RAW Week: The Cosmic Trigger Effect, by Antero Alli


The Summer of 1979; Berkeley California. The back story of how I got here is far and away too convoluted to explain but here I am sitting on a couch in Robert Anton Wilson's living room, dumbfounded by the rapid-fire laughter and brain power of the intelligentsia bouncing off the walls around me. At 26, I was clearly the youngest person in the room, the baby of this illuminati of scientists, authors, mathematicians, magicians, and discordians. The person who stood out beyond all the other lights in the room was Bob's wife, Arlen, a wizened red-haired, full-bodied woman with a bawdy sense of humor and an astonishing literary intellect. There was something about Arlen that was simultaneously severe and merciful, critically observant yet very kind. Arlen was also clearly Bob's muse.

Bob was in fine form that night reading excerpts from his as of yet unpublished book, The Trick Top Hat, from his Schrödinger's Cat Trilogy. I sat there astonished by the highly compact, information-rich writing style he had developed. It was as if every other word triggered a different chemical in my brain. Bob had this unique way with words that acted on my ear-brain loop just like drugs. I remember thinking to myself, "This is what writing is all about! Writing is all about magick." Certain books can change your life and Bob's masterpiece, The Cosmic Trigger, changed mine. Though it was not the first book to blur the lines between "reality" and "fantasy", it was the first one to suggest that no such lines existed beyond my beliefs in those lines. It was the first book to challenge my beliefs about beliefs, period. Cosmic Trigger was also where I first discovered Timothy Leary's Eight Circuit Brain, a stunning revelation that would eventually drive me to write two books of my own, Angel Tech (Original Falcon, 1986) and The Eight-Circuit Brain (Vertical Pool, 2009).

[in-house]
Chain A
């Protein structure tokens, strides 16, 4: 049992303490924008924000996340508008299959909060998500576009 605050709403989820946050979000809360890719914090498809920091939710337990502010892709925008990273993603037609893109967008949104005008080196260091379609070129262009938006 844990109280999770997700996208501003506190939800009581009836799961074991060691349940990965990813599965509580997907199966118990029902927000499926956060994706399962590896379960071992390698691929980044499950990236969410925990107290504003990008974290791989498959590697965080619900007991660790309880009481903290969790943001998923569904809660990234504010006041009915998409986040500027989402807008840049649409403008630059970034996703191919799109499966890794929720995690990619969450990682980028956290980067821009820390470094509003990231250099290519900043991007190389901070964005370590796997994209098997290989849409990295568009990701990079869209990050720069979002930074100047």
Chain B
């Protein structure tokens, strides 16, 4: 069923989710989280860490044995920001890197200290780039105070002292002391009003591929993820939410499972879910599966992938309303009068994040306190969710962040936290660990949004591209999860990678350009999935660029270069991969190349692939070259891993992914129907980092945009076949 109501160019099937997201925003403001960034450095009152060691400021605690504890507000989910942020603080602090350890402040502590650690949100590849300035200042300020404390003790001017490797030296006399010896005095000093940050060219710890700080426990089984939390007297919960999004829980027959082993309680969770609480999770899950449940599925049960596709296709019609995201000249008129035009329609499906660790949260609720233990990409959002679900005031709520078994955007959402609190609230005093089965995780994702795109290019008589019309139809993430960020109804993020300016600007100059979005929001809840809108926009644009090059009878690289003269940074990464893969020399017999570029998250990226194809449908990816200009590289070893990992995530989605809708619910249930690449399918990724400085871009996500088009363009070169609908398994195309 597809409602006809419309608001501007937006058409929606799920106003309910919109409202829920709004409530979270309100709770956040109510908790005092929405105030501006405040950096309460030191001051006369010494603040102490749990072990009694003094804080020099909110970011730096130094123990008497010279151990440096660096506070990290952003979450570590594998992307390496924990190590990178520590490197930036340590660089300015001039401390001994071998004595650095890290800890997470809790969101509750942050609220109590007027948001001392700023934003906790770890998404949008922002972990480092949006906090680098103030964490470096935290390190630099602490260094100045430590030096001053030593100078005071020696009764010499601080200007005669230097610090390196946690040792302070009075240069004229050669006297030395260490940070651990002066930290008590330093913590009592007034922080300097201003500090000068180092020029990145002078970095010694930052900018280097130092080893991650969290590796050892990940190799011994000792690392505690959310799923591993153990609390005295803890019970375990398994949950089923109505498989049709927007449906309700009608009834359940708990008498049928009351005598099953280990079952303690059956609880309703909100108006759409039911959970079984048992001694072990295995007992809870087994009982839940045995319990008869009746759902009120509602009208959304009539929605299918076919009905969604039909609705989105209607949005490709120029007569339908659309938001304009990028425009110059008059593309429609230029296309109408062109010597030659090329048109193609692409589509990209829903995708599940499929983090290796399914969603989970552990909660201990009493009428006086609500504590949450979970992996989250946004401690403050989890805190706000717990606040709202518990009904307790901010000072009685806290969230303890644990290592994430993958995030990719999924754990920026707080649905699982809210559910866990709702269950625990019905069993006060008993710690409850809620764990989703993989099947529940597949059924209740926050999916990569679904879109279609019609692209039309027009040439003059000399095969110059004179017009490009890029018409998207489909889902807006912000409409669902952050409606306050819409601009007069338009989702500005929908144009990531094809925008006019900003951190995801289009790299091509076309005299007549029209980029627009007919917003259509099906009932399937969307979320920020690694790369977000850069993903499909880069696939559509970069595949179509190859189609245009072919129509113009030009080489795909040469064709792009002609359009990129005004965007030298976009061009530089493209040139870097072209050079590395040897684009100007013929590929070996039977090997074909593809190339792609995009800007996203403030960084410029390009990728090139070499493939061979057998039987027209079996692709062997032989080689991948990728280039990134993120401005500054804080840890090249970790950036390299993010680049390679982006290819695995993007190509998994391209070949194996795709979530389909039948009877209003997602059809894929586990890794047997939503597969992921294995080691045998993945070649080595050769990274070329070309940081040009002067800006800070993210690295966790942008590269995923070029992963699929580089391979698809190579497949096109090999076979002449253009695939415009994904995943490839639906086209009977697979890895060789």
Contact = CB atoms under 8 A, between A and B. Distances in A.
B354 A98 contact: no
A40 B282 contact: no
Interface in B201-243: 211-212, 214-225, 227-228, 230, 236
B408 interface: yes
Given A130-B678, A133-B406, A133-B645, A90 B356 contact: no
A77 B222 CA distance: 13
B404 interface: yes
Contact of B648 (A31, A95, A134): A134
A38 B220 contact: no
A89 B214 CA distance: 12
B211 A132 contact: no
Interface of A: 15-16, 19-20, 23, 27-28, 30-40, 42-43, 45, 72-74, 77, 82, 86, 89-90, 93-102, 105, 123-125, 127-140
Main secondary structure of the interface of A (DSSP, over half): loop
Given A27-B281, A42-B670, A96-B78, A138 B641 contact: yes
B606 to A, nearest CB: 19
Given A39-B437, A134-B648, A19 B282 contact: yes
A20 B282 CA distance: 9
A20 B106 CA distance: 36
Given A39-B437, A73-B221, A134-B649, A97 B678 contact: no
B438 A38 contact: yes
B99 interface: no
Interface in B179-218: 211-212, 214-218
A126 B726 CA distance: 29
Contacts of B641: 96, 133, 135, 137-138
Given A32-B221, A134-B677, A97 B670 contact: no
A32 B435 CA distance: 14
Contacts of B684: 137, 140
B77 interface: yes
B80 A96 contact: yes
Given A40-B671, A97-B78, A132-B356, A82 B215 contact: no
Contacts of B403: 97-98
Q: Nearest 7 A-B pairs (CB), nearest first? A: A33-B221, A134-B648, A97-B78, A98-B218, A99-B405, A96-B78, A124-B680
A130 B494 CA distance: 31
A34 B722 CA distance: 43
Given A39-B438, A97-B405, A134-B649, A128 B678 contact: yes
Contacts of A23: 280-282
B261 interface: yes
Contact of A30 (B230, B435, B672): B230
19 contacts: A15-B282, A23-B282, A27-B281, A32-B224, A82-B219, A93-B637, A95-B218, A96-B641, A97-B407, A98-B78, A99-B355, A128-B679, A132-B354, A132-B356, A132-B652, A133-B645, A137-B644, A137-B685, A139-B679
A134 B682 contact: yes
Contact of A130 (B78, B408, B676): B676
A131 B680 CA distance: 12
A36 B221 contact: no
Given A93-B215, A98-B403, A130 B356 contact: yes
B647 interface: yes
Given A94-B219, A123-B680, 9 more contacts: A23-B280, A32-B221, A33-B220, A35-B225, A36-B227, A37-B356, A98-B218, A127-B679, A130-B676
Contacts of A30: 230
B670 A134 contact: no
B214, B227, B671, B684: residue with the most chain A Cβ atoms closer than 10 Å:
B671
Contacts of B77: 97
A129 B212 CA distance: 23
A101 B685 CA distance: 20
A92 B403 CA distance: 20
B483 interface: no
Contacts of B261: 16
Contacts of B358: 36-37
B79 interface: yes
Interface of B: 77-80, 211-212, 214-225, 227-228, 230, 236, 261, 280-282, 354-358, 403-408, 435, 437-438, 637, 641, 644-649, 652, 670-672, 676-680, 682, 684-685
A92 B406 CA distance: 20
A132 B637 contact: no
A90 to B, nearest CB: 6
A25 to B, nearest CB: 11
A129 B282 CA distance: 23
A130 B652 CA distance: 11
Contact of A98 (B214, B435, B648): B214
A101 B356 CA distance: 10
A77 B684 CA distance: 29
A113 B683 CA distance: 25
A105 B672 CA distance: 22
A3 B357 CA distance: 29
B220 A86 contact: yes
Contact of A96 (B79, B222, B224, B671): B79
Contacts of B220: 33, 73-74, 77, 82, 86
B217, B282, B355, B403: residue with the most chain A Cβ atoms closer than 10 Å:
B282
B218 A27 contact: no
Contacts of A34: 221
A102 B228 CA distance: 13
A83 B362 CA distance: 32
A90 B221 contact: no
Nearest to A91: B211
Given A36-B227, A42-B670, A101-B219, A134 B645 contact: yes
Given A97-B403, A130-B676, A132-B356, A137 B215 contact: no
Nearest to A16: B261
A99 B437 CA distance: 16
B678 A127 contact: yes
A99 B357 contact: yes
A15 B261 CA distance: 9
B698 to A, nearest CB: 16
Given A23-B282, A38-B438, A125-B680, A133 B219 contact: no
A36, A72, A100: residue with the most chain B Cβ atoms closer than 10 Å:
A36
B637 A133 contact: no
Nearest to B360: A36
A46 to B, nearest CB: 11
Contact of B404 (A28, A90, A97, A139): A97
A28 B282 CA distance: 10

The Bob Wilson I came to know (circa 1979-86) was at the peak of his game. As far as I could tell, this game was initiating his readers — in books and in person during his many worldwide lectures — to the most operational Einsteinian language possible and he did this in the most entertaining ways his epic imagination could conjure. I remain bewildered by just how he was able to contextualize quantum physics through the interactions of his fictitious characters and labyrinthian plot designs in the Schrödinger's Cat Trilogy and Masks of the Illuminati. Though Bob was clearly a master of this game, I never saw him treat actual living people as characters, or their interactions as games. He knew the difference and took the time to show others that he knew. Bob was very soulful that way. He seemed to simultaneously belong to two generations; the Caregivers of the World War Two era and the Hedonic Seekers of the Sixties. I suddenly saw Bob as a psychedelic mensch with a genius IQ, which for me was as hilarious as it rang true. Beyond all his extraterrestrial communiqués with the Sirius star system, his Pookaville of invisible rabbits, and his byzantine conspiracy theories, Bob consistently struck me as one of the most genuinely and clinically sane people I have ever met.